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Education key to wider judicial ‘gene pool’

Education key to wider judicial ‘gene pool’

High Court chief justice Murray Gleeson told Shaun Drummond formal ongoing education is one of the best ways to ensure that measures to broaden judicial experience are successfulIn his last

High Court chief justice Murray Gleeson told Shaun Drummond formal ongoing education is one of the best ways to ensure that measures to broaden judicial experience are successful

In his last state of the judicature address before he retires next year, High Court Chief Justice Murray Gleeson sees the professional education of judges as one of the most important recent developments and a vital part of efforts to broaden the experience and origins of judges.

“I regard ... professional training and continual development as an issue that will continue to be important and will have to be addressed until well after I have gone,” he told Lawyers Weekly prior to his speech given this week at the Australian Legal Convention in Sydney.

“It is only in relatively recent times that governments and the judiciary itself have recognised the need to provide new judges and new magistrates with training and facilities for ongoing professional development.”

He points out institutions to oversee judicial professional development have only relatively recently been established — the latest being the National Judicial College in 2002 — and regards their creation as two of the most important developments affecting the judiciary in the past 30 years. The other is the creation of an independent magistracy, which he feels is important in dealing with the increasing length and number of cases the courts face.

Prior to the introduction of the new educational institutions, “the idea was that you took an experienced advocate and threw him or her in at the deep end on the assumption that an experienced practitioner has all the training they need to be a judge. Once you became a judge, it was up to you to keep yourself up to date”, he said.

In his speech, he said governments have come to realise that if they “want to be taken seriously” when they say they want judicial appointment to be open to a wider class, “there must be educational arrangements that make that a practical possibility”.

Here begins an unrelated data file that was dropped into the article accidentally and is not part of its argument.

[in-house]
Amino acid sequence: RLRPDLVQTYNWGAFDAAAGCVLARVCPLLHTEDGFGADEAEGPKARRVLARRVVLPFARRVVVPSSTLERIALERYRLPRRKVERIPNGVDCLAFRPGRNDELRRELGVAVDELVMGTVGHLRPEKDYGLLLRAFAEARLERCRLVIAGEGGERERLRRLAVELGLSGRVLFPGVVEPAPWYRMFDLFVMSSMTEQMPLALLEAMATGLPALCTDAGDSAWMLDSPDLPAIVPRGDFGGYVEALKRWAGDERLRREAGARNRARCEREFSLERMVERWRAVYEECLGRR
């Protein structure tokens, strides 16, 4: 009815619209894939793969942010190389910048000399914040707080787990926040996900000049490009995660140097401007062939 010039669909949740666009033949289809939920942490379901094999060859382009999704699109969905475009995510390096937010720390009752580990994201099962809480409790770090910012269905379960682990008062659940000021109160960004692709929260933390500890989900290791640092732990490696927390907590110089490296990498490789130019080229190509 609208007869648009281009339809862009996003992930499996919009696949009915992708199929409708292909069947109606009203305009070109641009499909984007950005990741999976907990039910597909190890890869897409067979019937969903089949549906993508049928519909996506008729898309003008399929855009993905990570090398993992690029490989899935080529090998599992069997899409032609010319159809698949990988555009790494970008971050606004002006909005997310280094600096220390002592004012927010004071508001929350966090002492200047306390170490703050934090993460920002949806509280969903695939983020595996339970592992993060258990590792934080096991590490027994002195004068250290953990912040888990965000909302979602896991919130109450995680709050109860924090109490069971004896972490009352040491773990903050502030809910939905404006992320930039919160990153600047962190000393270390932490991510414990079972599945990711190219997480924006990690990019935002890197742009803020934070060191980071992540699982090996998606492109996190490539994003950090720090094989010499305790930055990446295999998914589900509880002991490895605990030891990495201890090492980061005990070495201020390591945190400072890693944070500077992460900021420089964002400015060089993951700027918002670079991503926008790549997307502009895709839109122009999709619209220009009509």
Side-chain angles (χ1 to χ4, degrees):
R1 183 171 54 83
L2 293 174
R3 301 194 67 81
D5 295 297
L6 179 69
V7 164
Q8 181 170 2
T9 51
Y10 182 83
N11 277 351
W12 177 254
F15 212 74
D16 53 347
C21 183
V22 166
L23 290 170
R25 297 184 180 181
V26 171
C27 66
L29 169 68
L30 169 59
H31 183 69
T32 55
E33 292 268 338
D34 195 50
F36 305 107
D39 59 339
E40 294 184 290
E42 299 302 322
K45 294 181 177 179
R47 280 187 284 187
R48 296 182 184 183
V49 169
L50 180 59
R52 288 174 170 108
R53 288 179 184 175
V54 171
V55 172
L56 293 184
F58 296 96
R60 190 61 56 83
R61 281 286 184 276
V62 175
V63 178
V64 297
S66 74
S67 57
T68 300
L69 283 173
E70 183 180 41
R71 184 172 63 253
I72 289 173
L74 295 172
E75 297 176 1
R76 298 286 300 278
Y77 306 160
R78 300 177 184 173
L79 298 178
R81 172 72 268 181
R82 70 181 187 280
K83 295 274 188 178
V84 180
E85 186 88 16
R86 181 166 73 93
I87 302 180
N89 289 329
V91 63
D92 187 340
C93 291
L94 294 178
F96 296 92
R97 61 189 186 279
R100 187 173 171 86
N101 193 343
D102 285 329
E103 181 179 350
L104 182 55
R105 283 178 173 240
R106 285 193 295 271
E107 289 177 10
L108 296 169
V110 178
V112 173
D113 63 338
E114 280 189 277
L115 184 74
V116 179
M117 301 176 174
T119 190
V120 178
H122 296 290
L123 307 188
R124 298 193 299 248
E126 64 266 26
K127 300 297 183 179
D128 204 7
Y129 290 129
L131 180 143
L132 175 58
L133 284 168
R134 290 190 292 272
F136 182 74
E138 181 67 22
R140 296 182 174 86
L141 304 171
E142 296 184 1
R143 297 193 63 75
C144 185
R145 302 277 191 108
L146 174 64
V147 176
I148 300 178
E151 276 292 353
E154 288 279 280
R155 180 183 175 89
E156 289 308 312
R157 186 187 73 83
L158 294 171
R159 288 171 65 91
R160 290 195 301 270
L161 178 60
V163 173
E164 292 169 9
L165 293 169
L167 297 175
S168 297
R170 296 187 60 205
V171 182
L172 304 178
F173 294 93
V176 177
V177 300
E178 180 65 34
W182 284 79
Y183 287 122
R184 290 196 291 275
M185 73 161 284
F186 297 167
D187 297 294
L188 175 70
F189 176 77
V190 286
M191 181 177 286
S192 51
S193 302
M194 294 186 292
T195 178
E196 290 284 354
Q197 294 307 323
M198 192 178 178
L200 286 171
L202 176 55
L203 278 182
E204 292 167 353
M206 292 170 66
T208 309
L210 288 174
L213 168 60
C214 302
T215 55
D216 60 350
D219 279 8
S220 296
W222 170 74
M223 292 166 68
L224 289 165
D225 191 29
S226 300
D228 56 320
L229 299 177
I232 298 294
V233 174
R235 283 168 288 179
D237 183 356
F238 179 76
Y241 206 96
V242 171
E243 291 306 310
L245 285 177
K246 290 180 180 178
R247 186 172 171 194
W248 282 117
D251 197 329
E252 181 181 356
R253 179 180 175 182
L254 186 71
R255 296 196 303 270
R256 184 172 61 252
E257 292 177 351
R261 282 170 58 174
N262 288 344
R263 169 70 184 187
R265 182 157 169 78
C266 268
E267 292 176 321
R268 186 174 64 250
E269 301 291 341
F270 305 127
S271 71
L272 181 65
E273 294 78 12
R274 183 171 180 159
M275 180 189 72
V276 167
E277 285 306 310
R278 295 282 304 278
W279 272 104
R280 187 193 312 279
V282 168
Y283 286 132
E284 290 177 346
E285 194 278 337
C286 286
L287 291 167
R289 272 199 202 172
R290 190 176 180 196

On what some also see as a factor affecting the worldliness and independence of judges — how judges are appointed — Gleeson is cautious about being seen to give an opinion on whether there is a need for any changes to the present system of appointment by the government of the day.

But he is critical of a system that would require a person to actively seek out a judicial appointment. “In the case of the High Court, appointments are made only once every three years or so and most potential appointees are already serving judges. They do not apply for promotion, and it is to be hoped they never will,” he told the Convention.

“If judicial promotion were to become the outcome of a competitive process, the implications for independence would be obvious. It is one thing to permit, or invite, people to apply for judicial office; it is something altogether different to require them to make an application.”

If there needed to be a choice made between competing applicants, he added, to ensure full transparency the identity of each applicant would have to be publicly known beforehand.

“Responsibility for making a bad or unpopular selection lies where the power lies: with the political arm of government,” he said. “Whether that power ought to be shared, or its exercise controlled by a formal inclusion in the decision making process of people outside government is a political question. If that were to occur, the involvement of the judiciary itself in that process would become an issue.”

One of the main arguments for taking the appointment of judges out of the hands of politicians is to ensure independence. However, Gleeson is clear that High Court judges, at least, do not follow their appointers’ politics.

“Since I have been on the High Court, there is only one case in which the court has divided along the lines of the political colour of the government that appointed the members of the court. That was a case about the liability of local councils for not repairing roads — not a hot political issue,” he said.

“We’ve dealt with a lot of hot political issues since I have been on the Court and we have never once divided along the lines of the governments who appointed us. We divide often, but never along those lines.”

Although the Bar remains the primary source of judges, Justice Gleeson said there is a growing diversity in the judiciary, with appointees now coming from the ranks of solicitors and also academia, although he said most of them have had some practical experience practising law.

“I think for the foreseeable future, the Bar will continue to be the major source of supply of judges, especially to superior courts, but I think it is a good thing that people with different professional backgrounds can enter the judiciary. I don’t think the judiciary ought to be regarded as a closed shop,” he said.

He rejects the view, however, that one reason to widen where judges are sourced should be to improve their connection to the everyday world. “I am always surprised at suggestions that the judiciary are removed from the mainstream of life. If you took the ordinary daily work of a Family Court judge or of a magistrate, those people would see more of life than the average suburban citizen, I can guarantee you that.”

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